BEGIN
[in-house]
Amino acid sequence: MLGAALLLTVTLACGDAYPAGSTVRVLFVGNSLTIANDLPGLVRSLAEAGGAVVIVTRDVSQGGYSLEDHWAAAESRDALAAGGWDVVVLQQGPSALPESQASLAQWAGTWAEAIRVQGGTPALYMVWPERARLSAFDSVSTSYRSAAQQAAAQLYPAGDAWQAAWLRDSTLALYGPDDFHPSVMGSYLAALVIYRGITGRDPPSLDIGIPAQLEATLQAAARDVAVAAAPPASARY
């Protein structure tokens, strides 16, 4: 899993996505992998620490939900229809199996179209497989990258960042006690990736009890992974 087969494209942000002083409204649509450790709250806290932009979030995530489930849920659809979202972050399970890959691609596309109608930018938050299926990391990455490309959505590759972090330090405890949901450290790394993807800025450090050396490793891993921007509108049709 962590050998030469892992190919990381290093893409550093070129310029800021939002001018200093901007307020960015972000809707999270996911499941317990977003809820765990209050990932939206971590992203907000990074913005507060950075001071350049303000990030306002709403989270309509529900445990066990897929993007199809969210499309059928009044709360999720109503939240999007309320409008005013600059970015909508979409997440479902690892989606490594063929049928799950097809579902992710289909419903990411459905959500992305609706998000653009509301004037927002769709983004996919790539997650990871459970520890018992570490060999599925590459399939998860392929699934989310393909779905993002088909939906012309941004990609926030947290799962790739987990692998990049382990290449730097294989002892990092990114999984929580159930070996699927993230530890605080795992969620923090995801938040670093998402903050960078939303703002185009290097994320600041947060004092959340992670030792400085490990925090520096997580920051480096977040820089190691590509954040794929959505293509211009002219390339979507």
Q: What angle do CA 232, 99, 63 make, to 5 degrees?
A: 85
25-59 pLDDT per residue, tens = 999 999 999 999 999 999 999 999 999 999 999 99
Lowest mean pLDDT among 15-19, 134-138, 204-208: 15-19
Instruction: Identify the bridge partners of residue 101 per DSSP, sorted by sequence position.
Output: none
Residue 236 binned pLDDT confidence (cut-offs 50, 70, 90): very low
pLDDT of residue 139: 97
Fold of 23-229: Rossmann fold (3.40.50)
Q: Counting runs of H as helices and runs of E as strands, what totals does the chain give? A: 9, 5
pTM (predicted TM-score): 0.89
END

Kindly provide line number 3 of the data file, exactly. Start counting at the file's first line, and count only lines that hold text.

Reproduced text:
């Protein structure tokens, strides 16, 4: 899993996505992998620490939900229809199996179209497989990258960042006690990736009890992974 087969494209942000002083409204649509450790709250806290932009979030995530489930849920659809979202972050399970890959691609596309109608930018938050299926990391990455490309959505590759972090330090405890949901450290790394993807800025450090050396490793891993921007509108049709 962590050998030469892992190919990381290093893409550093070129310029800021939002001018200093901007307020960015972000809707999270996911499941317990977003809820765990209050990932939206971590992203907000990074913005507060950075001071350049303000990030306002709403989270309509529900445990066990897929993007199809969210499309059928009044709360999720109503939240999007309320409008005013600059970015909508979409997440479902690892989606490594063929049928799950097809579902992710289909419903990411459905959500992305609706998000653009509301004037927002769709983004996919790539997650990871459970520890018992570490060999599925590459399939998860392929699934989310393909779905993002088909939906012309941004990609926030947290799962790739987990692998990049382990290449730097294989002892990092990114999984929580159930070996699927993230530890605080795992969620923090995801938040670093998402903050960078939303703002185009290097994320600041947060004092959340992670030792400085490990925090520096997580920051480096977040820089190691590509954040794929959505293509211009002219390339979507």